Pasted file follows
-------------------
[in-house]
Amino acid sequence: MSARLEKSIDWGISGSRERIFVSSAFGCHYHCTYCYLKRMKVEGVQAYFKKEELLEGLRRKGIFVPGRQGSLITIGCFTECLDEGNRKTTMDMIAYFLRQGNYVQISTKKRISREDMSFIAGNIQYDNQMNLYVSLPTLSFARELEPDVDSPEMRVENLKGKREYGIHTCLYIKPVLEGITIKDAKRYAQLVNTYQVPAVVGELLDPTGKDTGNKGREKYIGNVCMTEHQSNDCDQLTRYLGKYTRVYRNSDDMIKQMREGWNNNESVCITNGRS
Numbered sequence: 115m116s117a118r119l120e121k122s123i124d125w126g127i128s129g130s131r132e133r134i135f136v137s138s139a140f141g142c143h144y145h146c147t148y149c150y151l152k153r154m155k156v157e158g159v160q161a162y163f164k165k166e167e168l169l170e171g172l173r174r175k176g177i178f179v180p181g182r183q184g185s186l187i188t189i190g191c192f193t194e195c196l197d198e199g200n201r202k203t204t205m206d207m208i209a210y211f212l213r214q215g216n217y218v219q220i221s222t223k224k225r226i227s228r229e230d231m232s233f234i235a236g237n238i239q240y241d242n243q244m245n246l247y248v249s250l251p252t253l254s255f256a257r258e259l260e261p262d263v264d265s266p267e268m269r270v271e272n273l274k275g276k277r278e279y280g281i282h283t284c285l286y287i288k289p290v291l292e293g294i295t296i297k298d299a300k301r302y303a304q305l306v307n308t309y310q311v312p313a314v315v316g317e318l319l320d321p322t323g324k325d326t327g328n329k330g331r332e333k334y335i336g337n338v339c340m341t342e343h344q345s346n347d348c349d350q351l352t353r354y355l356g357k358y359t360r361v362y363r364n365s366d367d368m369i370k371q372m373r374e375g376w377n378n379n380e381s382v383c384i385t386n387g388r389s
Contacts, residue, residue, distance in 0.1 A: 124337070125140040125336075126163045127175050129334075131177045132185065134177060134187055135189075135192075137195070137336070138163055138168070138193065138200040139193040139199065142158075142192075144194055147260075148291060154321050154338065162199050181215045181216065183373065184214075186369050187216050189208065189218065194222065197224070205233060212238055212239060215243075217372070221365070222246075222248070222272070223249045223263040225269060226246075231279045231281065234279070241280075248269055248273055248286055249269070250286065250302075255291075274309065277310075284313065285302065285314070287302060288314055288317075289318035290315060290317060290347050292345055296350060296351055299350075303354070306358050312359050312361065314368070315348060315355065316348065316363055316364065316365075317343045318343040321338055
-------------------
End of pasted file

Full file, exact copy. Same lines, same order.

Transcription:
[in-house]
Amino acid sequence: MSARLEKSIDWGISGSRERIFVSSAFGCHYHCTYCYLKRMKVEGVQAYFKKEELLEGLRRKGIFVPGRQGSLITIGCFTECLDEGNRKTTMDMIAYFLRQGNYVQISTKKRISREDMSFIAGNIQYDNQMNLYVSLPTLSFARELEPDVDSPEMRVENLKGKREYGIHTCLYIKPVLEGITIKDAKRYAQLVNTYQVPAVVGELLDPTGKDTGNKGREKYIGNVCMTEHQSNDCDQLTRYLGKYTRVYRNSDDMIKQMREGWNNNESVCITNGRS
Numbered sequence: 115m116s117a118r119l120e121k122s123i124d125w126g127i128s129g130s131r132e133r134i135f136v137s138s139a140f141g142c143h144y145h146c147t148y149c150y151l152k153r154m155k156v157e158g159v160q161a162y163f164k165k166e167e168l169l170e171g172l173r174r175k176g177i178f179v180p181g182r183q184g185s186l187i188t189i190g191c192f193t194e195c196l197d198e199g200n201r202k203t204t205m206d207m208i209a210y211f212l213r214q215g216n217y218v219q220i221s222t223k224k225r226i227s228r229e230d231m232s233f234i235a236g237n238i239q240y241d242n243q244m245n246l247y248v249s250l251p252t253l254s255f256a257r258e259l260e261p262d263v264d265s266p267e268m269r270v271e272n273l274k275g276k277r278e279y280g281i282h283t284c285l286y287i288k289p290v291l292e293g294i295t296i297k298d299a300k301r302y303a304q305l306v307n308t309y310q311v312p313a314v315v316g317e318l319l320d321p322t323g324k325d326t327g328n329k330g331r332e333k334y335i336g337n338v339c340m341t342e343h344q345s346n347d348c349d350q351l352t353r354y355l356g357k358y359t360r361v362y363r364n365s366d367d368m369i370k371q372m373r374e375g376w377n378n379n380e381s382v383c384i385t386n387g388r389s
Contacts, residue, residue, distance in 0.1 A: 124337070125140040125336075126163045127175050129334075131177045132185065134177060134187055135189075135192075137195070137336070138163055138168070138193065138200040139193040139199065142158075142192075144194055147260075148291060154321050154338065162199050181215045181216065183373065184214075186369050187216050189208065189218065194222065197224070205233060212238055212239060215243075217372070221365070222246075222248070222272070223249045223263040225269060226246075231279045231281065234279070241280075248269055248273055248286055249269070250286065250302075255291075274309065277310075284313065285302065285314070287302060288314055288317075289318035290315060290317060290347050292345055296350060296351055299350075303354070306358050312359050312361065314368070315348060315355065316348065316363055316364065316365075317343045318343040321338055